Helpless, as Nature Intended.

Upon reading Jack London’s “To Build a Fire”, my mind kept returning to the theme of nature controlling the man’s circumstances. Through out the story, the man is plagued by the elements — be it the cold, the water beneath the iced over drifts, or the snow that dropped from the tree, not only extinguishing his fire, but extinguishing his life. There have been times where I have been forced to be at war with the elements, to fight with my surroundings. Having lived in many parts of the United States, I’ve faced the cold, the heat, tornadoes, hurricanes, floods, dense fog, black ice, blizzards and forest fires. The most prevalent natural disaster in my life that will forever stand out is the series of tornadoes from April 27, 2011.

This is the tornado that came through Arab, AL. It came through the town in which I live, a mere mile and a half from my house.

I was blissfully unaware that something was amiss in Alabama. I was 992 miles from my home, at my university in the far reaches of northern Michigan. The heavy snow of winter had nearly completely melted, leaving slushy puddles and grimy sidewalks.  I was enjoying a break from my busy week of exams, when I received a phone call from my mother.

“Grace, honey, I’m calling you to tell you and your sister that everything is okay here, and Dad and I are going to be without power for a few days.”

I was shocked. I demanded to know what was going on that had created such an inconvenience. Had there been a bad storm, and the winds knocked the power line over? Had the town’s power been malfunctioning again? My mother informed me quickly that the deadliest outbreak of tornadoes in the entire United States history had happened (Our Amazing Planet), and that nearly the entire state of Alabama had been shaken to splinters.

A partial regional map of the tornado outbreak.

I rushed to my computer to research everything I could find. Youtube videos, pictures, Facebook and Twitter updates burned themselves into my mind, leaving me horrified and deeply dismayed. I sat at my desk, dumbfounded. Finally, I flicked on the television to see the news. As the reporters struggled to maintain their composure, I grew angrier and angrier. Why was I up here, in Michigan? Why couldn’t I be home to help my parents and my neighbors? Why wasn’t I home?! I was helpless, as nature seemed to have intended.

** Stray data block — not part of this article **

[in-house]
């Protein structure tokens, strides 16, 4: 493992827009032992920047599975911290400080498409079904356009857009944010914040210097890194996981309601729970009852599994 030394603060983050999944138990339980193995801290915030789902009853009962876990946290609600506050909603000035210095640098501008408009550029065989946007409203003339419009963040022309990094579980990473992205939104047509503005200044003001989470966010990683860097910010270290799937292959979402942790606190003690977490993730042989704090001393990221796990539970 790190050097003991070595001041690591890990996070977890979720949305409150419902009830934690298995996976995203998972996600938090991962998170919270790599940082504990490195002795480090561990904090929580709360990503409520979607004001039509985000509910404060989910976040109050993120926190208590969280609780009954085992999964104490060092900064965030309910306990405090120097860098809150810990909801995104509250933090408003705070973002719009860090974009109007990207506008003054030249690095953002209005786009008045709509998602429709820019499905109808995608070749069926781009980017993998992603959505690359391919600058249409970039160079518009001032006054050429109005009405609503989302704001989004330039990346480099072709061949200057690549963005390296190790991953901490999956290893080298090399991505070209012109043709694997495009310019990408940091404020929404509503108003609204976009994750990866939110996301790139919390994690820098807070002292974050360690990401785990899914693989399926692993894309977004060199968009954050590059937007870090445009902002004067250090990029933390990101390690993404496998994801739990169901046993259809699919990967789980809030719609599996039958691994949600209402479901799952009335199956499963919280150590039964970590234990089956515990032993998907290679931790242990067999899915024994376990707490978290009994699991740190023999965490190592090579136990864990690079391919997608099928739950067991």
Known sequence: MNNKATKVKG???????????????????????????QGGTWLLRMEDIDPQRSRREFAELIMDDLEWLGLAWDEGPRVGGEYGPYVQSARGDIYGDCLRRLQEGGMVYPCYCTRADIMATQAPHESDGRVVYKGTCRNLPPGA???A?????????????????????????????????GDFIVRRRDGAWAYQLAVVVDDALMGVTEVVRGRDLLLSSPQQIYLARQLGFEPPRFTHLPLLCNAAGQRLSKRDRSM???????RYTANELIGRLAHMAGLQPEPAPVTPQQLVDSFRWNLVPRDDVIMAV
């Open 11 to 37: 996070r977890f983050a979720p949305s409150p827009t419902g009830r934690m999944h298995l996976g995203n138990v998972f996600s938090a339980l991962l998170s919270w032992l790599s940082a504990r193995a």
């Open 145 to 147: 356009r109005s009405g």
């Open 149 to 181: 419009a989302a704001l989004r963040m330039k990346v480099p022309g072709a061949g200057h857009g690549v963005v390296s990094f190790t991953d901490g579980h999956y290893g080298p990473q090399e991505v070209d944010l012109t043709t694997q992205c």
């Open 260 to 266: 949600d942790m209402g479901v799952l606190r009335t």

Like the character in Jack London’s story, I too was helpless in my situation. It seemed that I was destined to sit back and watch as my home was destroyed before my eyes. Whereas the man dealt with the snow, I tried to deal with my frustration, worry and fear of what had become of my friends, neighbors, and family. Of course, cell phone towers were down, power was out, and tempers were bound to snap. Three days later, I returned home to the National Guard in the town where I went to school, curfews set into place in every town, no power at my home, and vast amounts of physical damage all around me.

Thankfully, no one I knew had been hurt or killed. As I look back on that terrifying week, I am still shaken over what has become of the Southeast. From the famous “Tri-State Tornado” to the wiping of several towns completely off the map, nature clearly made her mark once again as she rendered many of us completely helpless in our own surroundings. I know that in America’s future, nature will again strike, and humanity will have to cope with the helplessness that comes with a natural disaster.

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